Date: Jan 26, 2013 12:29 AM Author: plutonium.archimedes@gmail.com Subject: Re: Calendar formula for 2nd Wednesday of each successive month On Jan 25, 5:00 pm, Wally W. <ww8...@aim.com> wrote:

> On Thu, 24 Jan 2013 20:51:15 -0800 (PST), Archimedes Plutonium wrote:

>

> >The last time I wrote about a calendar curiosity was

> >when I asked how many calendar years do I need in order to not have to

> >buy a new calendar. And the answer is 7, if we ignore leap years. The

> >answer is 7 because I need only 7 calendars that start the january 1st

> >with one of the seven days of the week. If I have those, I need not

> >buy any new calendar.

>

> >But now I have a new calendar question, sort of a reversal of the 7

> >calendars. I am receiving social security checks every 2nd wednesday

> >of the month.

> >So the question is, what math formula can be written that tells me how

> >many days in each month, starting January of 2013 for the next ten

> >years, how many days in each month that I have to wait for the check.

>

> The approach of finding and adapting a general formula seems overly

> complicated for the one-off task.

>

> It will probably be easier to make a table of dates in a spreadsheet

> and extract the desired dates.

>

> >For example, January 2013, the first wednesday was 2nd and the second

> >wednesday was the 9th which means I had to wait 9 days for Jan 2012 to

> >receive the check. Now Feb 2012, the first wednesday is 6th and the

> >second wednesday is the 13th so I have to wait 13 days.

>

> >So far I have this:

> >2013

> >Jan wait 9

> >Feb wait 13

> >.

> >.

> >.

>

> Your results are tabular.

>

> A spreadsheet can produce this output.

>

>

>

>

>

>

>

>

>

> >So what is the formula that gives me those numbers without consulting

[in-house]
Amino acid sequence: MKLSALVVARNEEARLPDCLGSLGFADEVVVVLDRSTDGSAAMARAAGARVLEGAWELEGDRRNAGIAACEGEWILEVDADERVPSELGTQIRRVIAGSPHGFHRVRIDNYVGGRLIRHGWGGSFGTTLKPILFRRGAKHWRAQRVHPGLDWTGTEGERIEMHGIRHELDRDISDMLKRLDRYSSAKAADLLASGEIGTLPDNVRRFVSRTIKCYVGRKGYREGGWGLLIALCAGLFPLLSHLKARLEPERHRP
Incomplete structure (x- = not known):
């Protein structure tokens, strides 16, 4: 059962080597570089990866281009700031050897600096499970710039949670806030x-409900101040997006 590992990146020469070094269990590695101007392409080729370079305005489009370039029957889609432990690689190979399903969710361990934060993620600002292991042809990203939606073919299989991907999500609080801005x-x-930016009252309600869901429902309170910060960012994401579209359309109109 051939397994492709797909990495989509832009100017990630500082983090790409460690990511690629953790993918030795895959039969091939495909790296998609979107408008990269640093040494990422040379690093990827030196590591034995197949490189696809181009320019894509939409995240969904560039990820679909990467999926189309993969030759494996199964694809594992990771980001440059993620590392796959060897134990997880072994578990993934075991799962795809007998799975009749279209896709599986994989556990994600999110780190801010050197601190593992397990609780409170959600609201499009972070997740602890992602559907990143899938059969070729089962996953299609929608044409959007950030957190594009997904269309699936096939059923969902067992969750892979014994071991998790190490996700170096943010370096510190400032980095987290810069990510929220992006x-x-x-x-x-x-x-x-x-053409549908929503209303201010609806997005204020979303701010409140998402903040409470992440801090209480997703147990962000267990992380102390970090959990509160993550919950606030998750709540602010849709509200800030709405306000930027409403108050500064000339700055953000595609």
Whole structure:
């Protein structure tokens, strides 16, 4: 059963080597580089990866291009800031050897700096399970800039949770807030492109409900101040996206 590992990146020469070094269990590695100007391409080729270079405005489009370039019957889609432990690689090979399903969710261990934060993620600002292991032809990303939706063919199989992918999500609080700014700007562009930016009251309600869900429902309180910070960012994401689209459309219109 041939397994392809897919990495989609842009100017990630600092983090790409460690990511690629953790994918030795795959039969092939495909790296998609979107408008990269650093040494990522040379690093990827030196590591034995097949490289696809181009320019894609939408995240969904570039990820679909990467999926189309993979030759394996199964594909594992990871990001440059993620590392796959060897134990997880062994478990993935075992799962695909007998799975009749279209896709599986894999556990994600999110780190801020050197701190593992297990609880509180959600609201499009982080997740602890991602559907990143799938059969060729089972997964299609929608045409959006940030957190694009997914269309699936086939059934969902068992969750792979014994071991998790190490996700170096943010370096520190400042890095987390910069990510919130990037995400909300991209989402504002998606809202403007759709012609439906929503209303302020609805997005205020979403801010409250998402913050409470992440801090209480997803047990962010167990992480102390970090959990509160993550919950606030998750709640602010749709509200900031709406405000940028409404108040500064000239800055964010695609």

> >a calendar? Here I would have to include leap years.

>

> >And it is obvious that the numbers have a lower limit of 7 and a upper

> >limit of 15, depending on what day is the first day of that month.

>

> >What I am interested in is whether there is a internal pattern that

> >can easily tell me if a month is going to have a early payday or

> >whether it is near to 15 day wait.

>

> >And I wonder if some years are going to have many 7 day paydays or

> >many 15 day paydays, given that a

> >probability of a 7 or 15 day month is about 1 per year since we have

> >12/7 = 1.7

>

> >Anyone figure out a formula?

>

> Maybe, but it would be complicated and would probably be evaluated in

> a spreadsheet.

>

> Why bother with a formula when the spreadsheet can produce the result

> you want without complexity.

>

> >And I would guess that there is a general formula for what day is the

> >1st of the month for the next ten years

>

> That would be a list of 120 days.

>

> Such a list is easy to produce in a spreadsheet without needing to

> find a general forumula.

>

>

>

>

>

>

>

> >has been figured out and that

> >this formula is part of the solution for the 2nd wednesday of each

> >month.

Most people would like to have some idea of "how it works", or the

mechanism or the internal pattern, rather than be fed the facts of a

spreadsheet.

One can easily get blueprints of a car engine, but what we really need

to know is it works by explosions in cylinders, converted into forward

motion.

AP